2014 Federal Tax Rates and IRS Tax Brackets

2014 Federal Tax Rates, Personal Exemptions, and Standard Deductions

IRS Tax Brackets and Deduction Amounts for Tax Year 2014

Below are the tax rates and related numbers that you will need to prepare your 2014 income tax return, which is due by April 15, 2015.

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2014 IRS Tax Brackets – Your 2015 Tax Refund

There are 7 tax brackets for the Federal income tax: 10%, 15%, 25%, 28%, 33%, 35%, and 39.6%. The amount of tax you owe is based on your filing status and income level.

It’s important to understand that moving into a higher tax bracket does not mean that all of your income will be taxed at that higher rate. Rather, only the money that you earn within a particular bracket is subject to that particular tax rate.

Single:

Taxable Income Tax Rate
$0 to $9,075 10%
$9,076 to $36,900 $907.50 plus 15% of the amount over $9,075
$36,901 to $89,350 $5,081.25 plus 25% of the amount over $36,900
$89,351 to $186,350 $18,193.75 plus 28% of the amount over $89,350
$186,351 to $405,100 $45,353.75 plus 33% of the amount over $186,350
$405,101 to $406,750 $117,541.25 plus 35% of the amount over $405,100
$406,751 or more $118,118.75 plus 39.6% of the amount over $406,750

 

Married Filing Jointly or Qualifying Widow(er):

Taxable Income Tax Rate
$0 to $18,150 10%
$18,151 to $73,800 $1,815 plus 15% of the amount over $18,150
$73,801 to $148,850 $10,162.50 plus 25% of the amount over $73,800
$148,851 to $226,850 $28,925 plus 28% of the amount over $148,850
$226,851 to $405,100 $50,765 plus 33% of the amount over $226,850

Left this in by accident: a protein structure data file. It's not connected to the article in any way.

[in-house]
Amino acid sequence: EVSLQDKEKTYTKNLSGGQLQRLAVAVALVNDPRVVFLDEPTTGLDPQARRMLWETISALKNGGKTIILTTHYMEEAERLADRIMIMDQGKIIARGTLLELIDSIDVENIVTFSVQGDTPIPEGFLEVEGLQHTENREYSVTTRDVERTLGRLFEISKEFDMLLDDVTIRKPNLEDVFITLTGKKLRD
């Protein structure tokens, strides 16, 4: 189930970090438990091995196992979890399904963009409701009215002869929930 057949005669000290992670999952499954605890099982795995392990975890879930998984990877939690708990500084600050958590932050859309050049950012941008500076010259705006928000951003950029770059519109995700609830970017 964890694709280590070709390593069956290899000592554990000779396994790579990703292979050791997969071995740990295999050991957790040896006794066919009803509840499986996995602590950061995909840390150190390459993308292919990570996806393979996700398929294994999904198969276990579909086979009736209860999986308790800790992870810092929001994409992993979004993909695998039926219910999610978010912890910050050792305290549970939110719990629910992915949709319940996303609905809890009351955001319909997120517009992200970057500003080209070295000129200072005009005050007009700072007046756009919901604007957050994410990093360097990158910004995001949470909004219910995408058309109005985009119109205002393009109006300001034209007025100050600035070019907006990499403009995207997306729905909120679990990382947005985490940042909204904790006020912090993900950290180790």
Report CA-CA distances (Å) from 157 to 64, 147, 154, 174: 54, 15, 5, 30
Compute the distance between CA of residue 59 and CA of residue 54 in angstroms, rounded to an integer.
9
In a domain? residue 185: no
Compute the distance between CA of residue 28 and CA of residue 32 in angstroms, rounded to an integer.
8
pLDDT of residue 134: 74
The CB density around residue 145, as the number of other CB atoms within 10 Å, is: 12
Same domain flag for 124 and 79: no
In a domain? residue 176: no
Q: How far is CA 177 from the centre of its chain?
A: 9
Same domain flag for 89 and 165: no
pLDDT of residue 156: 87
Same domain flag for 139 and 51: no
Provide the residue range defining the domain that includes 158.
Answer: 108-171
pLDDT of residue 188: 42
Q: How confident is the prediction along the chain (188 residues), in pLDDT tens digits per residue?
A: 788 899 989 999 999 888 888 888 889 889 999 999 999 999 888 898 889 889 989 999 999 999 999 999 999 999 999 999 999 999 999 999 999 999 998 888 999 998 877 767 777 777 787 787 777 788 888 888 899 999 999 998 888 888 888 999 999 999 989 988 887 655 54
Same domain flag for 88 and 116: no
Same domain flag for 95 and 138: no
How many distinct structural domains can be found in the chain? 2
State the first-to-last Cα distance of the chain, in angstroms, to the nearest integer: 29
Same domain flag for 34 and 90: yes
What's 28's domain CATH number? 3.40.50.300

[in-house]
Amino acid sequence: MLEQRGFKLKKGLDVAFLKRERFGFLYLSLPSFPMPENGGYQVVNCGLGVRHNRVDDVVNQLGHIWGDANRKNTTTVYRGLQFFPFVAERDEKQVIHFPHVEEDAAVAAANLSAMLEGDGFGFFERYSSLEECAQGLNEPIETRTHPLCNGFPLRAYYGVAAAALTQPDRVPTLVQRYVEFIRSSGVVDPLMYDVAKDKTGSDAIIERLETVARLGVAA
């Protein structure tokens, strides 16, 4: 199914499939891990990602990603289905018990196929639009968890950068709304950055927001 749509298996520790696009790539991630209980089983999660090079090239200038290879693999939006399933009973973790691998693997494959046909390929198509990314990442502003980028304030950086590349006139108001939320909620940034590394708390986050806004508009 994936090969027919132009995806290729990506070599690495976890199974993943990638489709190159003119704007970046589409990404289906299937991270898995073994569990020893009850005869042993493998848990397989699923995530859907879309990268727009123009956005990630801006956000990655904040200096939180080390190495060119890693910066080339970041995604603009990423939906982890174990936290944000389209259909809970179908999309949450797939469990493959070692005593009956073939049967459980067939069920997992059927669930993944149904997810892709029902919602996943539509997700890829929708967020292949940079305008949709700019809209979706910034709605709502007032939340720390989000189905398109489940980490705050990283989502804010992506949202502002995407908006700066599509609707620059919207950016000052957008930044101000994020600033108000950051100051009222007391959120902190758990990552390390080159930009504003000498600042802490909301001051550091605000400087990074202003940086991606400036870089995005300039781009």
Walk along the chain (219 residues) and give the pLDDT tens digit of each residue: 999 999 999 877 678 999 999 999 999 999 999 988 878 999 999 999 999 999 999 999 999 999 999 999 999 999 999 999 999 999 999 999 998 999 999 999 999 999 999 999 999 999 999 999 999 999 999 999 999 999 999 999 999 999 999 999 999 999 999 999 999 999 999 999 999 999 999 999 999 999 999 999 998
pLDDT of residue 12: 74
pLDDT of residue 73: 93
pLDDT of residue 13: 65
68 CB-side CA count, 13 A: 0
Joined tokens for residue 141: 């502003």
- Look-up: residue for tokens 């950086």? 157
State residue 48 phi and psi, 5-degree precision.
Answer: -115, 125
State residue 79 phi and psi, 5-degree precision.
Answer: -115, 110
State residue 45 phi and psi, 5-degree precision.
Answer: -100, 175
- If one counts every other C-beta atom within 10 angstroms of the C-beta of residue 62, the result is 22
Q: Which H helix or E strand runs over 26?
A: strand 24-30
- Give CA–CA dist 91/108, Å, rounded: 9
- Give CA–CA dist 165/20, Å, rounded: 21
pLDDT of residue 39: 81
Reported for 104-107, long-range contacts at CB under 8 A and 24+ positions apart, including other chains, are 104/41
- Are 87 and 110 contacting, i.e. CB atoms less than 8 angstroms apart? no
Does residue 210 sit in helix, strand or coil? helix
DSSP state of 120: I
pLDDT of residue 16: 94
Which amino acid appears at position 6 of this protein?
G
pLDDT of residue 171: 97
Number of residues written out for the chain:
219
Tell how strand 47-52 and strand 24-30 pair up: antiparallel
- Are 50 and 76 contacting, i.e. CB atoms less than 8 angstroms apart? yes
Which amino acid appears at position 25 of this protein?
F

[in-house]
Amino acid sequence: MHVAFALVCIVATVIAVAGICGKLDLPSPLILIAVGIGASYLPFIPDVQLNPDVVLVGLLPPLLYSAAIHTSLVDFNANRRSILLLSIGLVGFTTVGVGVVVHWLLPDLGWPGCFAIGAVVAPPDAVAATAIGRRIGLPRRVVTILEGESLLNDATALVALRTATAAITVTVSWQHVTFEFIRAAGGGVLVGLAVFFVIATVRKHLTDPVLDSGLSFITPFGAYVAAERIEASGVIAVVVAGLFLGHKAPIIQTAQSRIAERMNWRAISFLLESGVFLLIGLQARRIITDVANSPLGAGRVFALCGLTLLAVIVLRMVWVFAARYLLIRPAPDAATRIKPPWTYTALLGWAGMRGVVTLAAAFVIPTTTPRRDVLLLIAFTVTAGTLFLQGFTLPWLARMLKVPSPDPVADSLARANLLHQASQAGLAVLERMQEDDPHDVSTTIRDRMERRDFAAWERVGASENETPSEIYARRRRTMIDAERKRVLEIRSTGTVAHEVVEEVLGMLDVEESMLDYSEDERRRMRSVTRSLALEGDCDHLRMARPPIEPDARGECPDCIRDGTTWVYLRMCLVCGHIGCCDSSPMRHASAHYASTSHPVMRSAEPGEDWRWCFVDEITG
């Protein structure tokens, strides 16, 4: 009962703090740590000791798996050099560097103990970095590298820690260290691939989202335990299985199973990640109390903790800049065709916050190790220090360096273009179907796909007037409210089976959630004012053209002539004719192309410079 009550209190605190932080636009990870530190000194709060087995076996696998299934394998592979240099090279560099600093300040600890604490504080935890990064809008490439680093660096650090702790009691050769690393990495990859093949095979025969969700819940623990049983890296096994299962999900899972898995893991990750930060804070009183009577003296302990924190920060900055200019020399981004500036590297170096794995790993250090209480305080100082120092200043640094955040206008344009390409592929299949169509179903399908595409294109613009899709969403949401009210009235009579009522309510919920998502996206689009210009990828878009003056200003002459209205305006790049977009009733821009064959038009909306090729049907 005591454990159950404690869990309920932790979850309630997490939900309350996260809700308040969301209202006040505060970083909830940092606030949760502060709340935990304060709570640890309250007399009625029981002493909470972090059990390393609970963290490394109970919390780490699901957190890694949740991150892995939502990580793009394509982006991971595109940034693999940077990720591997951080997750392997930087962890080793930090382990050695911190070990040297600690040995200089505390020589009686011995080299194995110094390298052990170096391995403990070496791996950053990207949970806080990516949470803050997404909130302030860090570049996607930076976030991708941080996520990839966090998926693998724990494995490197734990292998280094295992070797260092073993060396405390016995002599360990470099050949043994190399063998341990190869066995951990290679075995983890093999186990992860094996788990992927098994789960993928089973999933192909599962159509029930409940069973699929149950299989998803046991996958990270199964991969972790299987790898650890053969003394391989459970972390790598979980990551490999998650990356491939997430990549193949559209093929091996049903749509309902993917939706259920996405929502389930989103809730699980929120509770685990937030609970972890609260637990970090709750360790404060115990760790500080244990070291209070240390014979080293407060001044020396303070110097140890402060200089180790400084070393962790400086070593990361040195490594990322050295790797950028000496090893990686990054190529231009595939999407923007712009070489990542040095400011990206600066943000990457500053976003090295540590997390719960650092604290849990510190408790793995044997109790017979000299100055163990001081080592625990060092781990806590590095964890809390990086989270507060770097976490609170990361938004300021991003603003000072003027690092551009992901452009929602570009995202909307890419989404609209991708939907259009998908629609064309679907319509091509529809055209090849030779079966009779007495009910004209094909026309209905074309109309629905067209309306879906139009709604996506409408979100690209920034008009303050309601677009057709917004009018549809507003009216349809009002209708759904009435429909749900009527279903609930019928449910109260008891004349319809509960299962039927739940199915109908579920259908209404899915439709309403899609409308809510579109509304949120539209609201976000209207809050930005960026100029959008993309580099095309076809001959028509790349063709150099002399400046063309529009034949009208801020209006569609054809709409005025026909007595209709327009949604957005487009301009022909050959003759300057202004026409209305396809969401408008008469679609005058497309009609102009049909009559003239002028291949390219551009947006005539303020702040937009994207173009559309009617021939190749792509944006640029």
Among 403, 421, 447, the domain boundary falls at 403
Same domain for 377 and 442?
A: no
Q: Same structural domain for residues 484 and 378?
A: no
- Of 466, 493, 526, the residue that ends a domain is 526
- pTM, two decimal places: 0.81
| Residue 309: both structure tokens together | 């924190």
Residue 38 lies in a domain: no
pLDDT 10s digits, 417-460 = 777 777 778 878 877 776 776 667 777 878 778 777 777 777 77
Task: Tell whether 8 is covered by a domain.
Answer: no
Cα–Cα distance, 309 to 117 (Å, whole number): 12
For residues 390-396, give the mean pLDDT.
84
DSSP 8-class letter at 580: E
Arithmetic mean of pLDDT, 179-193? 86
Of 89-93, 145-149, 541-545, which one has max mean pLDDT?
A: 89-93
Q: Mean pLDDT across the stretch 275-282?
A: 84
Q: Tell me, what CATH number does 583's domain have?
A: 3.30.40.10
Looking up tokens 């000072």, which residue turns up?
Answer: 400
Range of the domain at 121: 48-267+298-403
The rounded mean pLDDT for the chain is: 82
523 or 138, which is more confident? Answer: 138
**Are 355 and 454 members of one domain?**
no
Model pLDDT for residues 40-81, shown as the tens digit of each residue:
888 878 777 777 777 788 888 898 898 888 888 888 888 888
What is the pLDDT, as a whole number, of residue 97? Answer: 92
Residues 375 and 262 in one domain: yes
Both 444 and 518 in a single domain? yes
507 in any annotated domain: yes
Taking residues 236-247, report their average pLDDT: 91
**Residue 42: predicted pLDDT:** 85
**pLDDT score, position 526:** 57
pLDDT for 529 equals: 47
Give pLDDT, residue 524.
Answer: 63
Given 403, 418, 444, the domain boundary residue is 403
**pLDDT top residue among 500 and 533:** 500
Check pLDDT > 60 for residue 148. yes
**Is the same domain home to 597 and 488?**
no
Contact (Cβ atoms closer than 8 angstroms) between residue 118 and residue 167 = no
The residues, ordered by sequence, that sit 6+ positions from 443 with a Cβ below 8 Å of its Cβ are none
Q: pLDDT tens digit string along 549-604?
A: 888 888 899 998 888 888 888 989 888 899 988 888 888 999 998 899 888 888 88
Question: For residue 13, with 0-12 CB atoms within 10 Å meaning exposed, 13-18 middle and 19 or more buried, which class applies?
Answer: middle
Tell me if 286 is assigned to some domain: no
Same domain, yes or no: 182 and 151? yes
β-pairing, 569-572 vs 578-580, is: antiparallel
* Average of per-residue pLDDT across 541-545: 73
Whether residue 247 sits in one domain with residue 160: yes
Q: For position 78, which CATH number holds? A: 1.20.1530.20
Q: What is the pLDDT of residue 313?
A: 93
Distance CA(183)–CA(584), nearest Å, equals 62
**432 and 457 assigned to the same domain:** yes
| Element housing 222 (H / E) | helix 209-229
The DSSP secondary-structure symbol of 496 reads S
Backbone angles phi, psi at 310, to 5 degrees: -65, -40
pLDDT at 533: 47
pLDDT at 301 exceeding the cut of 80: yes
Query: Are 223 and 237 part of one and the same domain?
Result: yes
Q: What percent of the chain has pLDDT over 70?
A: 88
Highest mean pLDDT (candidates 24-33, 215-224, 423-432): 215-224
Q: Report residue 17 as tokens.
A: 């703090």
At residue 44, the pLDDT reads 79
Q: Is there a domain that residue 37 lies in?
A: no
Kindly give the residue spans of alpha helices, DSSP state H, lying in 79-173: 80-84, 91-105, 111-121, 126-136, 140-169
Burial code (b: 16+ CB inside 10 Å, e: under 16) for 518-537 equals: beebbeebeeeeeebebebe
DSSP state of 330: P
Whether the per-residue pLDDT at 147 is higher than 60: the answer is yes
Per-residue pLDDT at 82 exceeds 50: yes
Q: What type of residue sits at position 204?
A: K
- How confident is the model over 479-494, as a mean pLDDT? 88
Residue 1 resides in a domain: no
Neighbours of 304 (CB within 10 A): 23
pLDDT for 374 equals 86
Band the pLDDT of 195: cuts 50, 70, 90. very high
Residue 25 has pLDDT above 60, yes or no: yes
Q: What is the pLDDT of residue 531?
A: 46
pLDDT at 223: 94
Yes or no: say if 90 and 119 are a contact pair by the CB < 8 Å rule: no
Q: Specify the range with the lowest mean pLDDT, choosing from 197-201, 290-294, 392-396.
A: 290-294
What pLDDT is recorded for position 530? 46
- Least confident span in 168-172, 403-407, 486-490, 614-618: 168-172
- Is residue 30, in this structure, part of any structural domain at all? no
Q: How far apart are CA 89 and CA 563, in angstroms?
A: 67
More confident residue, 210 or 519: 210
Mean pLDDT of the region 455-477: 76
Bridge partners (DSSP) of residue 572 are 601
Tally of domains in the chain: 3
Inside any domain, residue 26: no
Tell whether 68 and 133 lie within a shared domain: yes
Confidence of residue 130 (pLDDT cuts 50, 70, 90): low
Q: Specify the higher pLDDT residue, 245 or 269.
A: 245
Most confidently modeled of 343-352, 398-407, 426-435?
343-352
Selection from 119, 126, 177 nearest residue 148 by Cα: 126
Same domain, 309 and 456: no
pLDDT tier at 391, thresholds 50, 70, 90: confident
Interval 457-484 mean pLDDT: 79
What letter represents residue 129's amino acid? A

$405,101 to $457,600 $109,587.50 plus 35% of the amount over $405,100
$457,601 or more $127,962.50 plus 39.6% of the amount over $457,600

 

Married Filing Separately:

Taxable Income Tax Rate
$0 to $9,075 10%
$9,076 to $36,900 $907.50 plus 15% of the amount over $9,075
$36,901 to $74,425 $5,081.25 plus 25% of the amount over $36,900
$74,426 to $113,425 $14,462.50 plus 28% of the amount over $74,425
$113,426 to $202,550 $25,382.50 plus 33% of the amount over $113,425
$202,551 to $228,800 $54,793.75 plus 35% of the amount over $202,550
$228,801 or more $63,981.25 plus 39.6% of the amount over $228,800

 

Head of Household:

Taxable Income Tax Rate
$0 to $12,950 10%
$12,951 to $49,400 $1,295 plus 15% of the amount over $12,950
$49,401 to $127,550 $6,762.50 plus 25% of the amount over $49,400
$127,551 to $206,600 $26,300 plus 28% of the amount over $127,550
$206,601 to $405,100 $48,434 plus 33% of the amount over $206,600
$405,101 to $432,200 $113,939 plus 35% of the amount over $405,100
$432,201 or more $123,424 plus 39.6% of the amount over $432,200

 

2014 Personal Exemption Amounts

For tax year 2014, the personal exemption amount is $3,950.

When preparing your Federal tax return, you can claim one (1) personal exemption for yourself and one (1) for your spouse, if married. However, if someone else can declare you as a dependent on their tax return, then you are not allowed to claim a personal exemption for yourself.

The personal exemption amount starts to phase out for individuals with $254,200 AGI (adjusted gross income) and married joint filers with $305,050 AGI. It completely phases out at $376,700 for individuals and $427,550 for married joint filers.

2014 Standard Deduction Amounts